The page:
When Arsenal walk out at Wembley for the FA Women’s Cup final against Chelsea on 14 May, it will be the first time their red strip has featured under the arch while on the backs of the ladies’ side. However, for Alex Scott it will be the third shirt she has worn at the storied stadium, each representing a different team that’s part of her upbringing.

“I look at my career and I’ve won so much, had some fantastic times, and to finally get to walk out at Wembley in an Arsenal shirt will be the icing on the cake,” she told FIFA.com. “I’ve managed to do it in an England shirt and with Team GB (Great Britain), so to finally do it with the club where it all started for me will be amazing.”

During her career Scott has reached the heights of winning a bronze medal at the FIFA Women’s World Cup Canada 2015™, being part of the first Great Britain women’s side at an Olympics and scoring the winner in the UEFA Women’s Champions League final. Even so, appearing at Wembley for the side she has been a part of, on and off, since she was eight years old ranks right up there.  “I feel like I’m so blessed to have achieved the things I have done in my career and for it isn’t over yet – I’m still hungry – but for me, walking out at Wembley in an Arsenal shirt, will be a very special day.”

Both of those previous appearances have carried their fair share of occasion – triumphing over Brazil with Great Britain in front of a record women’s crowd in England, and then taking on Germany in the Lionesses’ first appearance since its re-opening. This game, the second FA Women’s Cup Final held at the national stadium, will be almost run-of-the-mill by comparison – apart from the fact it is a London derby set to be in front of a record-breaking crowd for the final.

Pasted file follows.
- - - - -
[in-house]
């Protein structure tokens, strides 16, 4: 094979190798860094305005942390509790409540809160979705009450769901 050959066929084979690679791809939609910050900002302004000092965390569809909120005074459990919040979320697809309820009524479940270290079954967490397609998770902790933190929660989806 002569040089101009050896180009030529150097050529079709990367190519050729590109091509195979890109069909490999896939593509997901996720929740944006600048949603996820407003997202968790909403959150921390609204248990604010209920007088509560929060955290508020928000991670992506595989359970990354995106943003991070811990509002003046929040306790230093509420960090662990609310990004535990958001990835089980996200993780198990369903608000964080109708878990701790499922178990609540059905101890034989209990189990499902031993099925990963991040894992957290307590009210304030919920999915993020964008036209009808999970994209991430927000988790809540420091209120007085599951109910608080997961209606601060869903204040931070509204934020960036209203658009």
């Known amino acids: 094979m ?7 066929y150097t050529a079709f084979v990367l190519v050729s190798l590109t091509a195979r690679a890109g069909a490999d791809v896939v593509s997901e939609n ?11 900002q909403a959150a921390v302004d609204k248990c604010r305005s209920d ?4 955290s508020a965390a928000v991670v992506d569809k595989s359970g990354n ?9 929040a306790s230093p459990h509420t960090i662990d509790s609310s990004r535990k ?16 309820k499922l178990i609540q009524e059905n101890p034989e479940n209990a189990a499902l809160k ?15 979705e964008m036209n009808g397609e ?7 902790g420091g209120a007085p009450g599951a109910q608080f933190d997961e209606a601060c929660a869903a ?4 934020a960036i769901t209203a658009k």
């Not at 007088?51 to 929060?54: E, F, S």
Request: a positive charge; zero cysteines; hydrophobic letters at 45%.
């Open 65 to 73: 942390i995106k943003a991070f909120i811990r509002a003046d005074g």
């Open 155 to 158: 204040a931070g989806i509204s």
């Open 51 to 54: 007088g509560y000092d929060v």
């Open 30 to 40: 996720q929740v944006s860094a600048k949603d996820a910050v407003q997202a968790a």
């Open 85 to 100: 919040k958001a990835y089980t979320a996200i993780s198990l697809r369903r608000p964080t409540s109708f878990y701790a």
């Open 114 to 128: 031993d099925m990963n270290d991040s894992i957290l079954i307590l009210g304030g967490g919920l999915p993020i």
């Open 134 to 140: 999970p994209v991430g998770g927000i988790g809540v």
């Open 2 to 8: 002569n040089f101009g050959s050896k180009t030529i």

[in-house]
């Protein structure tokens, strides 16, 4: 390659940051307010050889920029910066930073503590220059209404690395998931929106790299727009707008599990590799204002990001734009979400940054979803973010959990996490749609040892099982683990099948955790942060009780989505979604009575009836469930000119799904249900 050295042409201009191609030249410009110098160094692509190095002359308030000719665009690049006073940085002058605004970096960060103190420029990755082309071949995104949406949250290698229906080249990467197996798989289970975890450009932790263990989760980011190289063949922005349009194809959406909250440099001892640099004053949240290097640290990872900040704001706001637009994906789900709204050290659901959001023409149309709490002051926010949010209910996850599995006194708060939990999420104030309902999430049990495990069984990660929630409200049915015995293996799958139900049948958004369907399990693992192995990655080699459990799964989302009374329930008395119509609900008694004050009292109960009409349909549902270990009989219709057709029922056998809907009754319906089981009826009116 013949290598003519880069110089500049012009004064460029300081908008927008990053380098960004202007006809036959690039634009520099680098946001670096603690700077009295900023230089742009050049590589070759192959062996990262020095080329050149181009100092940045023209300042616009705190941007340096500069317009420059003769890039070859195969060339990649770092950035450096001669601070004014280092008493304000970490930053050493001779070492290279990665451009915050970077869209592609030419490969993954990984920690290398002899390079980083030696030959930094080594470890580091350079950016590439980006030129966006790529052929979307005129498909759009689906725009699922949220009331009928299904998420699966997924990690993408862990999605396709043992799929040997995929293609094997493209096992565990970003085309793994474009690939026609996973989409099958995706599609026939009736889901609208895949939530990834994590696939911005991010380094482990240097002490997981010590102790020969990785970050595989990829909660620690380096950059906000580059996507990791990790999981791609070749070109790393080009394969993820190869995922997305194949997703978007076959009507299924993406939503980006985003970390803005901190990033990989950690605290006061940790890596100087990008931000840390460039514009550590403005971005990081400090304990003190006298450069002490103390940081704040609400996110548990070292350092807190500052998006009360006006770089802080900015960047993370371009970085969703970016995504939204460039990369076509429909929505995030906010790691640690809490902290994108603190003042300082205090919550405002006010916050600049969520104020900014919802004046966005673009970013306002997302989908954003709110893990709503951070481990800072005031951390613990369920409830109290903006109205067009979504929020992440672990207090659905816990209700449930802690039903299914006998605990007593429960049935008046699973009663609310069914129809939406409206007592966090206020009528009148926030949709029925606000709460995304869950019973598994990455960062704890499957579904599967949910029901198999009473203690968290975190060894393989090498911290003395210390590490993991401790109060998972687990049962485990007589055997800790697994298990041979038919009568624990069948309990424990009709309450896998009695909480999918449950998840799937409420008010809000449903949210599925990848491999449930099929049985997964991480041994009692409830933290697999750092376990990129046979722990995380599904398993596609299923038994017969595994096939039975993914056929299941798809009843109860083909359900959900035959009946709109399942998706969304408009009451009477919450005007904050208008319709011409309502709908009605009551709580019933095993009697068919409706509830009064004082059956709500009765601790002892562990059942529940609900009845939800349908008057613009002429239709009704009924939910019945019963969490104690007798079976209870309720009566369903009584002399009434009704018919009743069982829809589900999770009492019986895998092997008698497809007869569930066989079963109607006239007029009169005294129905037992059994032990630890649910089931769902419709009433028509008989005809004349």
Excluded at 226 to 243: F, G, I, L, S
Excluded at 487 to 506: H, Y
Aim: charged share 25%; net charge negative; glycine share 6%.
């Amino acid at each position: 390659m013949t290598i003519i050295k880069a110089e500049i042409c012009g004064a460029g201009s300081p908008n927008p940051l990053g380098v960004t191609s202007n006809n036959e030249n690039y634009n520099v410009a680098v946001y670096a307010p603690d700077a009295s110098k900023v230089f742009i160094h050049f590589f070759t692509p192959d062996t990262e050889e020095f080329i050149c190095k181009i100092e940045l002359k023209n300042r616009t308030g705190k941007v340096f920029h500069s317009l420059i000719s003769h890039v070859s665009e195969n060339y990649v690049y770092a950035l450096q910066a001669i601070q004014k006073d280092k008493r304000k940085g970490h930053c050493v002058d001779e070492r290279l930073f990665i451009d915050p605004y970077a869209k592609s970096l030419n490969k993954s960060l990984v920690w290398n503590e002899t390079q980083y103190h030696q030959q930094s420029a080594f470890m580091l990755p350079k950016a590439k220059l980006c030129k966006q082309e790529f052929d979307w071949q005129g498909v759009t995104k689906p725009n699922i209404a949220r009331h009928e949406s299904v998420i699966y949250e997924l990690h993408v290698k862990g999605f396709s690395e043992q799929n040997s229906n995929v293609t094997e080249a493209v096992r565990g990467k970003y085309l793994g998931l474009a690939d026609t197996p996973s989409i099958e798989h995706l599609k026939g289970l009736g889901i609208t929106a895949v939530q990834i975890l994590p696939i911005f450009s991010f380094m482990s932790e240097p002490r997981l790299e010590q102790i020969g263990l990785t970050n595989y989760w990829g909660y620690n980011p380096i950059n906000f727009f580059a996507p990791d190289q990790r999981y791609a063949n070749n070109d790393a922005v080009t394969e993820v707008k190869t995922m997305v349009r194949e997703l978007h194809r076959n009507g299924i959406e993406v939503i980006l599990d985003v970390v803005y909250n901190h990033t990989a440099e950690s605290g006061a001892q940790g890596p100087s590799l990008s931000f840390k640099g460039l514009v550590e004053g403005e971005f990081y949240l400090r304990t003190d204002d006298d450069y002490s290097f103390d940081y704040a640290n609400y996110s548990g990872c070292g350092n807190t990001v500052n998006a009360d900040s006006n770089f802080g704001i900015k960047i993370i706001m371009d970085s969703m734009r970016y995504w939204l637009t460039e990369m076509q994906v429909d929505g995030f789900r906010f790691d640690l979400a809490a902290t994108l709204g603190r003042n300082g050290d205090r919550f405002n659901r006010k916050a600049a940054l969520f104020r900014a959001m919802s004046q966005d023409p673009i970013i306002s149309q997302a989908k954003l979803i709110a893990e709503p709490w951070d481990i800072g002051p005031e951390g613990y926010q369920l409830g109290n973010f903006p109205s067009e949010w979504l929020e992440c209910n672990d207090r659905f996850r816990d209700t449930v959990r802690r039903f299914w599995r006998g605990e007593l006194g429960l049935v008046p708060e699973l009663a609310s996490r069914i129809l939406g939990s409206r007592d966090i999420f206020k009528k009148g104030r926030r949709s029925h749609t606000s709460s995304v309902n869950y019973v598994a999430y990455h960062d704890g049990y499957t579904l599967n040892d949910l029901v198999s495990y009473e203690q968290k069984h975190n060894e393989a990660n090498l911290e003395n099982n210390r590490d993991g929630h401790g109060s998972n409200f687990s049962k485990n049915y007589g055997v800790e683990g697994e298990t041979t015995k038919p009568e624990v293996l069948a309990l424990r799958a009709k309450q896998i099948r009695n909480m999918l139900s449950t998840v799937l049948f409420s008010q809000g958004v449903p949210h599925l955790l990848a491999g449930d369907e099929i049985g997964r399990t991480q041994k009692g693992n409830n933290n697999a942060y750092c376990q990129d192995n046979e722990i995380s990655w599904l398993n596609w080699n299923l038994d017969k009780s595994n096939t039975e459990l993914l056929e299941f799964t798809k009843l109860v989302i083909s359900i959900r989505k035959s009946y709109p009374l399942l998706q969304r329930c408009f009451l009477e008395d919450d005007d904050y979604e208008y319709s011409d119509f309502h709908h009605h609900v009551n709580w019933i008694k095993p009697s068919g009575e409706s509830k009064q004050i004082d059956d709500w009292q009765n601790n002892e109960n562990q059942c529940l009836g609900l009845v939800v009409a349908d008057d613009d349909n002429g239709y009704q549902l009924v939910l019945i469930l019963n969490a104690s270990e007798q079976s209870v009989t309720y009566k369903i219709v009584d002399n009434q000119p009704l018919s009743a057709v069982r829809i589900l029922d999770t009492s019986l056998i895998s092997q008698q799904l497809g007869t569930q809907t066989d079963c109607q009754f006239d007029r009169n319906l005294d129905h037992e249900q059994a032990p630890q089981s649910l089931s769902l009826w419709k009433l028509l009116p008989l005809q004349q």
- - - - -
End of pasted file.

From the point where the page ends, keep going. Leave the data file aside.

Chelsea arrive at Wembley as the current holders and on roll in the Women’s Super League, with a 100 per cent record that includes a 2-0 win over Scott’s Gunners. There will also be a few familiar faces lining up in blue, rather than red, too. “It will be a challenge, especially with Emma Hayes who was a coach at Arsenal once, as well as lot of girls who have played at Arsenal, such as Katie Chapman, Gilly Flaherty, Niamh Fahey,” she admitted. “It’s more than just a derby.”

This is now Scott’s third stint with the North London club, following periods away at Birmingham City and Boston Breakers, though the litany of trophies has not flowed as they have done in the past, which peaked with a quadruple in 2007. “It’s been a transition over the last couple of years at Arsenal,” Scott said matter-of-factly. “A lot of players left for the likes of Man City and Chelsea, who were investing a lot of money when Arsenal wasn’t.

“But for me it was it was a case of staying faithful to my team while we were in a transitional phase, as well as being confident things would turn around.” Scott is hoping that comes to pass on another memorable day under the Wembley arch.